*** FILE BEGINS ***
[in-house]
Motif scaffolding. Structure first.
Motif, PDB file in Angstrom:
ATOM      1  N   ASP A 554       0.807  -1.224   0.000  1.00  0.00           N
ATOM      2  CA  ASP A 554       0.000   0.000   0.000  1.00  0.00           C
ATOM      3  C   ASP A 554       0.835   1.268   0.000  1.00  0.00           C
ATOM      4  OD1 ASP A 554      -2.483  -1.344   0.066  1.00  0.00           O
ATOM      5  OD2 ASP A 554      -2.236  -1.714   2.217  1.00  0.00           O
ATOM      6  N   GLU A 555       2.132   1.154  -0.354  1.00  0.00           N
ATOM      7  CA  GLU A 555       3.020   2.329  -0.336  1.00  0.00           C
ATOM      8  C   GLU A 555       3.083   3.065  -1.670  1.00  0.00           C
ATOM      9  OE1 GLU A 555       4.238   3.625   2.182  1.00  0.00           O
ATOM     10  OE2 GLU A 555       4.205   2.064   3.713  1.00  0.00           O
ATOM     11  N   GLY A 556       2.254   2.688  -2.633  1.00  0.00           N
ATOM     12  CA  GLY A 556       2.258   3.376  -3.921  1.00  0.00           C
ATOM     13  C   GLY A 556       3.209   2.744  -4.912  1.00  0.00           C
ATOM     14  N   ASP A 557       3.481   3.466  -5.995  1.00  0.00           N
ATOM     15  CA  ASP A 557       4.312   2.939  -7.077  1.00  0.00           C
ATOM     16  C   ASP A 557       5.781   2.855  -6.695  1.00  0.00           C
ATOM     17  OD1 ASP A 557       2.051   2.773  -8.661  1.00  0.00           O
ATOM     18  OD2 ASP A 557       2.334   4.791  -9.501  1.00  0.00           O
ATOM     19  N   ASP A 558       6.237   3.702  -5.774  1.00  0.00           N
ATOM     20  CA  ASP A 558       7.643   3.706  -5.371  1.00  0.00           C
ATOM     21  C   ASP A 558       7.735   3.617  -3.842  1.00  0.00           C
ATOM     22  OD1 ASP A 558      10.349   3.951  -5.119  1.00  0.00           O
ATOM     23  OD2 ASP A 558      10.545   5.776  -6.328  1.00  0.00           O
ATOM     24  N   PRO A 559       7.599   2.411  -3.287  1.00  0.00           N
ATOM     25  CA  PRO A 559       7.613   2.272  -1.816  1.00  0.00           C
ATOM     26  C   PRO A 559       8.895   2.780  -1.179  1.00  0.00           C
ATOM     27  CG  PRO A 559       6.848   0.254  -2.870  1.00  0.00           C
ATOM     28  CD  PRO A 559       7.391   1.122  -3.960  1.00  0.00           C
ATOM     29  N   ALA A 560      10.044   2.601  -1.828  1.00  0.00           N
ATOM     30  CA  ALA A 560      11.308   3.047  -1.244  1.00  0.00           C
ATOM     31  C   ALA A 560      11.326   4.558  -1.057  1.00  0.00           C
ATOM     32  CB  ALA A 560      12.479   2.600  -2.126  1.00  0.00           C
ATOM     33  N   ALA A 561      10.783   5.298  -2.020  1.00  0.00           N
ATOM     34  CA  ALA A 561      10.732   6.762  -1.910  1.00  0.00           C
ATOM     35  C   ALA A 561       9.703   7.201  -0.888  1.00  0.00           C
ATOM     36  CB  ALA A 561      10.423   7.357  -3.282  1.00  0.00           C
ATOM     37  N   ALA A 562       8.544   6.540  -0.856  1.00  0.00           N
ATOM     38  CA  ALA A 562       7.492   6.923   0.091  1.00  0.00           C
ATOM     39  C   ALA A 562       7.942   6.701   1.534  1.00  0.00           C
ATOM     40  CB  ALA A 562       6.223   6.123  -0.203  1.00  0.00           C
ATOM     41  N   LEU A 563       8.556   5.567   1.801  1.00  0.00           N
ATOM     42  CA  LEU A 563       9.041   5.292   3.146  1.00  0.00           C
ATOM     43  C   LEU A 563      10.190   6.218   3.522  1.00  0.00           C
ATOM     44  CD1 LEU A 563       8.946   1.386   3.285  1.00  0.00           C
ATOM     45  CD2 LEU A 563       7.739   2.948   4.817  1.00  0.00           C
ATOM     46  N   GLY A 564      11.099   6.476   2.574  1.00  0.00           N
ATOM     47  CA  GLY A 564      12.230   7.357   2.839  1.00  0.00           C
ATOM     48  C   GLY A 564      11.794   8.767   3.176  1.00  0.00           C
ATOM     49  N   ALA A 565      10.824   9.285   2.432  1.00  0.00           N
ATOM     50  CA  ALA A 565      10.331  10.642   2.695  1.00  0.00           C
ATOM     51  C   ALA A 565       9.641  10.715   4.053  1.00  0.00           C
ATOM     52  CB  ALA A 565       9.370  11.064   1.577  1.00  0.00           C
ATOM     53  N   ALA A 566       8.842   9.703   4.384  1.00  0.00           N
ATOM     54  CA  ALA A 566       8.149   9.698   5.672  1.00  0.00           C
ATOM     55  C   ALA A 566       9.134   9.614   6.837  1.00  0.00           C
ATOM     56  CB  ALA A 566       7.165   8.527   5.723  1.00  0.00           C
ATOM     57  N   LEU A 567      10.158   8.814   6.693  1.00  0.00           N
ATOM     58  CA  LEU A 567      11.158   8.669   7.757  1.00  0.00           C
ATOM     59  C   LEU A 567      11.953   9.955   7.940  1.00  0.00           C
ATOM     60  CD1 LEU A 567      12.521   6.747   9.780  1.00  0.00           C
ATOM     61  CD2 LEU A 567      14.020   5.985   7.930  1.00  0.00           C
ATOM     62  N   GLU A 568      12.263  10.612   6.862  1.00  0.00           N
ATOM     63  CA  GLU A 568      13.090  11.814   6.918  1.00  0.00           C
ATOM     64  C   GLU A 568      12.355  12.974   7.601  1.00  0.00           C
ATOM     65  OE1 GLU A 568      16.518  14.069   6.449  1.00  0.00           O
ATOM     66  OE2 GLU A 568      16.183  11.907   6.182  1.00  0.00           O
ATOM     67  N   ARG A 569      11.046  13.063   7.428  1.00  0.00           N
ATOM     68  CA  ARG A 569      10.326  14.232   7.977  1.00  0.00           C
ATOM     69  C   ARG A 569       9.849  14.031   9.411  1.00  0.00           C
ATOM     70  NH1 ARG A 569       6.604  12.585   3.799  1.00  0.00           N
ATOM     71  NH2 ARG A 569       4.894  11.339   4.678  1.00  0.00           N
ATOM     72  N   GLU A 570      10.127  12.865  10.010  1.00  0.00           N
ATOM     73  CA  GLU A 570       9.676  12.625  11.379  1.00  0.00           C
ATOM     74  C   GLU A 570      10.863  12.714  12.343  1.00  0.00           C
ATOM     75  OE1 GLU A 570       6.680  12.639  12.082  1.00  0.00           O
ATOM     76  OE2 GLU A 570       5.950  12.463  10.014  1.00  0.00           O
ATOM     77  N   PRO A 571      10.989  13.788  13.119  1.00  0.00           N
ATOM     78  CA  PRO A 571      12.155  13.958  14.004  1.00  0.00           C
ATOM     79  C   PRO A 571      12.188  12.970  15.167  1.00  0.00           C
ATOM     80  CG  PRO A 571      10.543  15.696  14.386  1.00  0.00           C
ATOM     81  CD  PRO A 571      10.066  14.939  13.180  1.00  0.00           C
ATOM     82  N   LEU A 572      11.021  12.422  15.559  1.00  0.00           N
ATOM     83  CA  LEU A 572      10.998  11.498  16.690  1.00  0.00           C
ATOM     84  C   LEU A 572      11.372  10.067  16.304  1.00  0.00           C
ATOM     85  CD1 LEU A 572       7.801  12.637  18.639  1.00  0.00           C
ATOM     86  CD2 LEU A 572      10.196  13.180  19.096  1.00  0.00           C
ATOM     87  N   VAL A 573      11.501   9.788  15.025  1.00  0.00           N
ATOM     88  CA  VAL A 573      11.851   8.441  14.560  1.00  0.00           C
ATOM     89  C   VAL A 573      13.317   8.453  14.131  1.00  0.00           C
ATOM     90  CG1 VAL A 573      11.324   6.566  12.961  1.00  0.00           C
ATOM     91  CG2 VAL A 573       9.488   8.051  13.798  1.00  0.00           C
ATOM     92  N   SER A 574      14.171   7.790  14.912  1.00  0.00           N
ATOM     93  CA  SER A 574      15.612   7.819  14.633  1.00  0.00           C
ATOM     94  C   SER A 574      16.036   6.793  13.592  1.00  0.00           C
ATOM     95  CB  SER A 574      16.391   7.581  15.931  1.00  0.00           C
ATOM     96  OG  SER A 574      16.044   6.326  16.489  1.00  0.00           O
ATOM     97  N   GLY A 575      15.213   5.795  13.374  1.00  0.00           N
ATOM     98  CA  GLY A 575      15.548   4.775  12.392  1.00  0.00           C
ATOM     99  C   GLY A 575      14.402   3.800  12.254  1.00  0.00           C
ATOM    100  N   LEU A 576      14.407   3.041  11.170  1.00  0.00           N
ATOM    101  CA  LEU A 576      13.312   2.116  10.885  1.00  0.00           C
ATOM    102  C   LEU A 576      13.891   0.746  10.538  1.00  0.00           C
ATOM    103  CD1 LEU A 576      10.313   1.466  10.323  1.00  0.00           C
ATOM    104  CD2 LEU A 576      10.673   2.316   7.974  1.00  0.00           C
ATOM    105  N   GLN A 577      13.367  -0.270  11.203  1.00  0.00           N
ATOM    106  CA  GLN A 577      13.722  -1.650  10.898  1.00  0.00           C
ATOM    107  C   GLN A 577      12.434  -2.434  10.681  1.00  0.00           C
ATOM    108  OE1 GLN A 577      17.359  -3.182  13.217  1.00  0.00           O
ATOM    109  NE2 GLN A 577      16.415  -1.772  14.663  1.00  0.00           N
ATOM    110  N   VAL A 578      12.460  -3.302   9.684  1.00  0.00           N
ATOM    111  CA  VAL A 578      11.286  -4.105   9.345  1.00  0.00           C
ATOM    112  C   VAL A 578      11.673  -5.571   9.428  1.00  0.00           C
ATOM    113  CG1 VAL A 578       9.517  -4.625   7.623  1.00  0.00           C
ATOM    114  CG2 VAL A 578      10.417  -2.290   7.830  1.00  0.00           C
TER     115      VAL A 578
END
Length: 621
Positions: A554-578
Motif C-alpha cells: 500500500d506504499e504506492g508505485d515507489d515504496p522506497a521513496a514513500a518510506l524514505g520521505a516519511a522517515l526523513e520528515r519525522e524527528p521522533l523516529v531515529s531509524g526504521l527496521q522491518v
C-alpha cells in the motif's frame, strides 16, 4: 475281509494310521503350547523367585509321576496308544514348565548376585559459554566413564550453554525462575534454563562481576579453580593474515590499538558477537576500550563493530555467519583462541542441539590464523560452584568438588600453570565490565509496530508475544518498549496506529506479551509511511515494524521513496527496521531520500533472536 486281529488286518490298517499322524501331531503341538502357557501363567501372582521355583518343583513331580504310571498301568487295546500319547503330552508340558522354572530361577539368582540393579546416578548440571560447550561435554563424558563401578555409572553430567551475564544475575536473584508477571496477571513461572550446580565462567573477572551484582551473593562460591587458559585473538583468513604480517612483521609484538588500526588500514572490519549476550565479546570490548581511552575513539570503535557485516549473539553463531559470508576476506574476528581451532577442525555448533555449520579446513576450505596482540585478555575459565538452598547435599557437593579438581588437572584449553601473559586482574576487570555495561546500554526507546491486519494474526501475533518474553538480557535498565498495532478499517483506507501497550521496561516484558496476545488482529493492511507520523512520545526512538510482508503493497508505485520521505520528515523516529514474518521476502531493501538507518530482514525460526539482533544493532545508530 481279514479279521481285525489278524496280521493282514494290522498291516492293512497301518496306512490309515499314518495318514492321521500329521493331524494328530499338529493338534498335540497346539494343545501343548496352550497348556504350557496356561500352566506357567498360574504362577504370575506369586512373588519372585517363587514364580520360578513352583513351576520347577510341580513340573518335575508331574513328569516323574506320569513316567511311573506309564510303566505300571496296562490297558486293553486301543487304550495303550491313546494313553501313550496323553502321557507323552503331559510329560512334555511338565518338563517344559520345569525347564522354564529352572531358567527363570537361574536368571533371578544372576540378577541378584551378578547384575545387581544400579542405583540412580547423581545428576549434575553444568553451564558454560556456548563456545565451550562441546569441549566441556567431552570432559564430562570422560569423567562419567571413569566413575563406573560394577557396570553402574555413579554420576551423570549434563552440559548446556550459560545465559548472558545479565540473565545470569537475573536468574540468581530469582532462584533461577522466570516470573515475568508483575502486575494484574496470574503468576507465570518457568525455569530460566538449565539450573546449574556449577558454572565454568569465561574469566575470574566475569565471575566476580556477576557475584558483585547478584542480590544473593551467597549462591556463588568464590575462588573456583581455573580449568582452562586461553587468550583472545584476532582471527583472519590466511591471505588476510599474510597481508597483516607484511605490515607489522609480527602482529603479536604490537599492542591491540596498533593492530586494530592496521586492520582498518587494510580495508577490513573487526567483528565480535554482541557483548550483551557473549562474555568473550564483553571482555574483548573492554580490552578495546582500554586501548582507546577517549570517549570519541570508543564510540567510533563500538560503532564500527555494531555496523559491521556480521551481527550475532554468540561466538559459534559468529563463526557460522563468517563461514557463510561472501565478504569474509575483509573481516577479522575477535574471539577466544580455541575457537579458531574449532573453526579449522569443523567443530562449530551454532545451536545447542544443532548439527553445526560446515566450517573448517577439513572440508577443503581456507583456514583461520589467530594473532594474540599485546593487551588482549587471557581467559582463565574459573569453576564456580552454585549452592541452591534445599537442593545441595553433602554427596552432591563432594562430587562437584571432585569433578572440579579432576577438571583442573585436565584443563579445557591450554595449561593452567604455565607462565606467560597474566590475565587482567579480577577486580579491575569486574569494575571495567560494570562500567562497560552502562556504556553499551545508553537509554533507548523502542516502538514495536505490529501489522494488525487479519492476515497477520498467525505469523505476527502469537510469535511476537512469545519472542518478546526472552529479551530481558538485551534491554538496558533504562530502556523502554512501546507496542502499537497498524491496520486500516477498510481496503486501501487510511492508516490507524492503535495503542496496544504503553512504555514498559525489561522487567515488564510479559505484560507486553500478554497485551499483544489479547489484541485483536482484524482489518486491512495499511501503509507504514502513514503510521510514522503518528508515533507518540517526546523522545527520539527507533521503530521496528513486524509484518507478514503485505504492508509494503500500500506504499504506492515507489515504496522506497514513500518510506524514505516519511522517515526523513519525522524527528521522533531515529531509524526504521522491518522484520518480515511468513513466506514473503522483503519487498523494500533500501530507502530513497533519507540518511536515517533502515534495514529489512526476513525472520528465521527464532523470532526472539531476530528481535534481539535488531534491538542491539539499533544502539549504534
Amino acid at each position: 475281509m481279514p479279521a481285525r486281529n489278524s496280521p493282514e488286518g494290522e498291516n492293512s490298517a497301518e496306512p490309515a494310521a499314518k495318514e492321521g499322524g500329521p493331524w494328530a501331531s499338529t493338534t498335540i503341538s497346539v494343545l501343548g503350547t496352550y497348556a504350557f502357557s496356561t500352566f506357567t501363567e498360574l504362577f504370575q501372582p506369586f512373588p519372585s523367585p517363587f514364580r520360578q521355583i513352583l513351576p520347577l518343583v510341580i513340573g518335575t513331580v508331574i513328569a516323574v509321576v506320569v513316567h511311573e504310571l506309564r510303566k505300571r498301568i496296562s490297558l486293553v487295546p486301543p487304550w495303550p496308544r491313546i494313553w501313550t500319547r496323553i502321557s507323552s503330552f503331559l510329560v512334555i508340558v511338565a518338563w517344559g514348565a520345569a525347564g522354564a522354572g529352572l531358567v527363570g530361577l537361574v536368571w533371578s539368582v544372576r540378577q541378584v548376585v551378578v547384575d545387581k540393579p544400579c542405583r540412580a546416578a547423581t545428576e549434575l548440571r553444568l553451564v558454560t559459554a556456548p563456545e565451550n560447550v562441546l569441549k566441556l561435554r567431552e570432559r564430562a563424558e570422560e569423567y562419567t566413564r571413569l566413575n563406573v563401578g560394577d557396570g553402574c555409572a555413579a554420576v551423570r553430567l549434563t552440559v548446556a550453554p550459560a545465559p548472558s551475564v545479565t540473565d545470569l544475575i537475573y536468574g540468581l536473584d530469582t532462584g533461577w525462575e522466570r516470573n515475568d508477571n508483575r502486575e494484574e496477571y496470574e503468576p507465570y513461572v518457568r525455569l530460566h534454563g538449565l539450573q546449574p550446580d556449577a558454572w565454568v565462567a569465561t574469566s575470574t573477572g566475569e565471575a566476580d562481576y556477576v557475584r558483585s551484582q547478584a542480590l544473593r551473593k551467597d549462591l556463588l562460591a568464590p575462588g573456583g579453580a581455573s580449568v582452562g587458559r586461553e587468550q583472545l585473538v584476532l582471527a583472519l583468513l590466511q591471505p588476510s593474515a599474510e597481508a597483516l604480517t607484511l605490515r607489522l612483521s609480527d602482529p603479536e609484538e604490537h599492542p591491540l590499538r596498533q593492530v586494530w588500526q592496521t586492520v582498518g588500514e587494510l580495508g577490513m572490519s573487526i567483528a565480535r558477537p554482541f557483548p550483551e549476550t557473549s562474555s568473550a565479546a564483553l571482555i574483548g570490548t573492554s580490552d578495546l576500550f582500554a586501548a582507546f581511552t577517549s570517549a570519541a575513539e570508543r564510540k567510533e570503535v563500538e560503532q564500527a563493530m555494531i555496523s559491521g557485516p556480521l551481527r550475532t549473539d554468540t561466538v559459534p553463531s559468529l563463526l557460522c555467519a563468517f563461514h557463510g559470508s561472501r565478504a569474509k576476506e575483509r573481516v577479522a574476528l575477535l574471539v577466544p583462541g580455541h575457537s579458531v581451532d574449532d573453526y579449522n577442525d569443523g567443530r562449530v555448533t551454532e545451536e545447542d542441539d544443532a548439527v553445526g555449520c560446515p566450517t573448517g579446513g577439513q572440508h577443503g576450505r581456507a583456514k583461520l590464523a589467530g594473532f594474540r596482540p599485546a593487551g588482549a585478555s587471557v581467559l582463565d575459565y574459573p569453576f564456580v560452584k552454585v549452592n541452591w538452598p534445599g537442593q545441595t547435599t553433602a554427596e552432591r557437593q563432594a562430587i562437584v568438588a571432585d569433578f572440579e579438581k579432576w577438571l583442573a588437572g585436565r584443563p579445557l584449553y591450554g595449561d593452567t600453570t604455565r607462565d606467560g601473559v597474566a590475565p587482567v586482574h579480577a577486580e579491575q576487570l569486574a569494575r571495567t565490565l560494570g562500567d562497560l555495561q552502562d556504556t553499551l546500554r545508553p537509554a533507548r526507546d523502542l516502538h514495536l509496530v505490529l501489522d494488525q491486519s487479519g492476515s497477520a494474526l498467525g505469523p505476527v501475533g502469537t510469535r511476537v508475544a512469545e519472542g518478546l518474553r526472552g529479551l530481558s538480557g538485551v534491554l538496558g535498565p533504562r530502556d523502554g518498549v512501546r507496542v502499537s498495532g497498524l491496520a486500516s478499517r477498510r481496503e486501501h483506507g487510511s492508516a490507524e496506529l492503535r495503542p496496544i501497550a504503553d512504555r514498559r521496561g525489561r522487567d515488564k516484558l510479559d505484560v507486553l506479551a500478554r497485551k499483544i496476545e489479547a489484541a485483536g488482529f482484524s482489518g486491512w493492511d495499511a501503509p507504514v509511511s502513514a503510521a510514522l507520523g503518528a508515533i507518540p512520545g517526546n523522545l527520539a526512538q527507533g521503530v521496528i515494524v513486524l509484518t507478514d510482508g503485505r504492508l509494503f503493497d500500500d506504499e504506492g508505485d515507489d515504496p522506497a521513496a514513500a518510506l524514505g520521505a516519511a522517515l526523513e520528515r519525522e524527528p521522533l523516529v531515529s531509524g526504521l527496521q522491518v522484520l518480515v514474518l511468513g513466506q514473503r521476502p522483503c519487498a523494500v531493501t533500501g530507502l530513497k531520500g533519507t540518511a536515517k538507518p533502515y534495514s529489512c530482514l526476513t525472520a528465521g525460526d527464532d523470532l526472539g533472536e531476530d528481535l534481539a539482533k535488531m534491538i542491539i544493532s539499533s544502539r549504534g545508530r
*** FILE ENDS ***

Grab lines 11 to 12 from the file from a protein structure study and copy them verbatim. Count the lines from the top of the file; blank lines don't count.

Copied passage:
ATOM      8  C   GLU A 555       3.083   3.065  -1.670  1.00  0.00           C
ATOM      9  OE1 GLU A 555       4.238   3.625   2.182  1.00  0.00           O